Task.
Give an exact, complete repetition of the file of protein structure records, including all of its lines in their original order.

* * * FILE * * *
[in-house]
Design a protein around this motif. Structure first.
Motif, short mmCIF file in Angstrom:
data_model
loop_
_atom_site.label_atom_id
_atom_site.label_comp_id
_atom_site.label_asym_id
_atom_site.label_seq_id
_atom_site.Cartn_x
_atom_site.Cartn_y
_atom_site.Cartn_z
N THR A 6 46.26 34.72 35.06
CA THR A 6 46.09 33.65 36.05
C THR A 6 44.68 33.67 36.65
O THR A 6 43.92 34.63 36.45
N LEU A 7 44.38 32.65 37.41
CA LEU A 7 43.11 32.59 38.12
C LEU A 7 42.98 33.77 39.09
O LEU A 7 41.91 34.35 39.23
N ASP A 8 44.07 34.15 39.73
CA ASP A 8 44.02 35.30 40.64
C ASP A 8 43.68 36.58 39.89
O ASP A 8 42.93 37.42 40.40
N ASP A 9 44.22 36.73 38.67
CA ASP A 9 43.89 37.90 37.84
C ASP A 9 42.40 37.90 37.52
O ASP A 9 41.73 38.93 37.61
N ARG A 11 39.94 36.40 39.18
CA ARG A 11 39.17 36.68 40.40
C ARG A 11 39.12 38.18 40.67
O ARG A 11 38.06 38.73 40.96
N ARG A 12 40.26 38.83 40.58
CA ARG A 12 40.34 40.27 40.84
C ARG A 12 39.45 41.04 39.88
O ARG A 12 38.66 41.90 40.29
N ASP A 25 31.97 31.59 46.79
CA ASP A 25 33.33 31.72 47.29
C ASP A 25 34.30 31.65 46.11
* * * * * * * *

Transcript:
[in-house]
Design a protein around this motif. Structure first.
Motif, short mmCIF file in Angstrom:
data_model
loop_
_atom_site.label_atom_id
_atom_site.label_comp_id
_atom_site.label_asym_id
_atom_site.label_seq_id
_atom_site.Cartn_x
_atom_site.Cartn_y
_atom_site.Cartn_z
N THR A 6 46.26 34.72 35.06
CA THR A 6 46.09 33.65 36.05
C THR A 6 44.68 33.67 36.65
O THR A 6 43.92 34.63 36.45
N LEU A 7 44.38 32.65 37.41
CA LEU A 7 43.11 32.59 38.12
C LEU A 7 42.98 33.77 39.09
O LEU A 7 41.91 34.35 39.23
N ASP A 8 44.07 34.15 39.73
CA ASP A 8 44.02 35.30 40.64
C ASP A 8 43.68 36.58 39.89
O ASP A 8 42.93 37.42 40.40
N ASP A 9 44.22 36.73 38.67
CA ASP A 9 43.89 37.90 37.84
C ASP A 9 42.40 37.90 37.52
O ASP A 9 41.73 38.93 37.61
N ARG A 11 39.94 36.40 39.18
CA ARG A 11 39.17 36.68 40.40
C ARG A 11 39.12 38.18 40.67
O ARG A 11 38.06 38.73 40.96
N ARG A 12 40.26 38.83 40.58
CA ARG A 12 40.34 40.27 40.84
C ARG A 12 39.45 41.04 39.88
O ARG A 12 38.66 41.90 40.29
N ASP A 25 31.97 31.59 46.79
CA ASP A 25 33.33 31.72 47.29
C ASP A 25 34.30 31.65 46.11